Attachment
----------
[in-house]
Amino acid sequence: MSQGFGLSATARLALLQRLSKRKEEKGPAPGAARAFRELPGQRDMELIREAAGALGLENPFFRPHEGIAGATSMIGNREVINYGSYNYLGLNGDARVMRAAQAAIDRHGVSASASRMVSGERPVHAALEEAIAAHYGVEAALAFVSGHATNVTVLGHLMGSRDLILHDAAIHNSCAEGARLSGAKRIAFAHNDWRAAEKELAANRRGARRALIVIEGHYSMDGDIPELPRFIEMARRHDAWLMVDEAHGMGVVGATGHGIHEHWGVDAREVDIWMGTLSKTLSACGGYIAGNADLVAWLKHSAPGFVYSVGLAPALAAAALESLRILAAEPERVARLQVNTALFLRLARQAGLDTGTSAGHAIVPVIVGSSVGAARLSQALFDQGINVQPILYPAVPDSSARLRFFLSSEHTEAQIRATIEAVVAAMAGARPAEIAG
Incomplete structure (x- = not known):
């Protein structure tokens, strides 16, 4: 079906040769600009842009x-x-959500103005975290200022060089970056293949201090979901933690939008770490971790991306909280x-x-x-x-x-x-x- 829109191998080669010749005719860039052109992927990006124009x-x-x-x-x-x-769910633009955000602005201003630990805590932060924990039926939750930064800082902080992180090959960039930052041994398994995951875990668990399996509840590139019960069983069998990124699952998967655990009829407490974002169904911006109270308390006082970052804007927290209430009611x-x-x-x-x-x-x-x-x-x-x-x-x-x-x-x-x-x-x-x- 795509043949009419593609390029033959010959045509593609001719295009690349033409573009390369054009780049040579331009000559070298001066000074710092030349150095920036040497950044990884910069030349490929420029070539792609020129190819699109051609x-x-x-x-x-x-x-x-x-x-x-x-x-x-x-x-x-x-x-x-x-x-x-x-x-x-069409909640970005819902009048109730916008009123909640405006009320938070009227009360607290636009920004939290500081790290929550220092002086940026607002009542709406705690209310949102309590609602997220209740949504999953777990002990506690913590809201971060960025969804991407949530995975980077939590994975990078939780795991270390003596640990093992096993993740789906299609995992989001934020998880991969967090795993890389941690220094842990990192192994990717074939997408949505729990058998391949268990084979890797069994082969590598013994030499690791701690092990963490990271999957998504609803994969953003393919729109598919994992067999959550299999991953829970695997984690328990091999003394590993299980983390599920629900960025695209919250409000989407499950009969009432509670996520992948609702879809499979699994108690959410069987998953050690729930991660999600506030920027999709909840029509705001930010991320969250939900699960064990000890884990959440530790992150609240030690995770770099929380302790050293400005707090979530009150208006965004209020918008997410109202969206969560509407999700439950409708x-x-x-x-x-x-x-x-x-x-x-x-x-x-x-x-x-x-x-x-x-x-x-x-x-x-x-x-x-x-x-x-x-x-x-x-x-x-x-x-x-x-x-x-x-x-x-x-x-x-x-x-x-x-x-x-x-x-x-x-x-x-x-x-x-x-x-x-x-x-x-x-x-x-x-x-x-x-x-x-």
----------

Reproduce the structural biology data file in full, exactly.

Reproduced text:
[in-house]
Amino acid sequence: MSQGFGLSATARLALLQRLSKRKEEKGPAPGAARAFRELPGQRDMELIREAAGALGLENPFFRPHEGIAGATSMIGNREVINYGSYNYLGLNGDARVMRAAQAAIDRHGVSASASRMVSGERPVHAALEEAIAAHYGVEAALAFVSGHATNVTVLGHLMGSRDLILHDAAIHNSCAEGARLSGAKRIAFAHNDWRAAEKELAANRRGARRALIVIEGHYSMDGDIPELPRFIEMARRHDAWLMVDEAHGMGVVGATGHGIHEHWGVDAREVDIWMGTLSKTLSACGGYIAGNADLVAWLKHSAPGFVYSVGLAPALAAAALESLRILAAEPERVARLQVNTALFLRLARQAGLDTGTSAGHAIVPVIVGSSVGAARLSQALFDQGINVQPILYPAVPDSSARLRFFLSSEHTEAQIRATIEAVVAAMAGARPAEIAG
Incomplete structure (x- = not known):
């Protein structure tokens, strides 16, 4: 079906040769600009842009x-x-959500103005975290200022060089970056293949201090979901933690939008770490971790991306909280x-x-x-x-x-x-x- 829109191998080669010749005719860039052109992927990006124009x-x-x-x-x-x-769910633009955000602005201003630990805590932060924990039926939750930064800082902080992180090959960039930052041994398994995951875990668990399996509840590139019960069983069998990124699952998967655990009829407490974002169904911006109270308390006082970052804007927290209430009611x-x-x-x-x-x-x-x-x-x-x-x-x-x-x-x-x-x-x-x- 795509043949009419593609390029033959010959045509593609001719295009690349033409573009390369054009780049040579331009000559070298001066000074710092030349150095920036040497950044990884910069030349490929420029070539792609020129190819699109051609x-x-x-x-x-x-x-x-x-x-x-x-x-x-x-x-x-x-x-x-x-x-x-x-x-x-069409909640970005819902009048109730916008009123909640405006009320938070009227009360607290636009920004939290500081790290929550220092002086940026607002009542709406705690209310949102309590609602997220209740949504999953777990002990506690913590809201971060960025969804991407949530995975980077939590994975990078939780795991270390003596640990093992096993993740789906299609995992989001934020998880991969967090795993890389941690220094842990990192192994990717074939997408949505729990058998391949268990084979890797069994082969590598013994030499690791701690092990963490990271999957998504609803994969953003393919729109598919994992067999959550299999991953829970695997984690328990091999003394590993299980983390599920629900960025695209919250409000989407499950009969009432509670996520992948609702879809499979699994108690959410069987998953050690729930991660999600506030920027999709909840029509705001930010991320969250939900699960064990000890884990959440530790992150609240030690995770770099929380302790050293400005707090979530009150208006965004209020918008997410109202969206969560509407999700439950409708x-x-x-x-x-x-x-x-x-x-x-x-x-x-x-x-x-x-x-x-x-x-x-x-x-x-x-x-x-x-x-x-x-x-x-x-x-x-x-x-x-x-x-x-x-x-x-x-x-x-x-x-x-x-x-x-x-x-x-x-x-x-x-x-x-x-x-x-x-x-x-x-x-x-x-x-x-x-x-x-």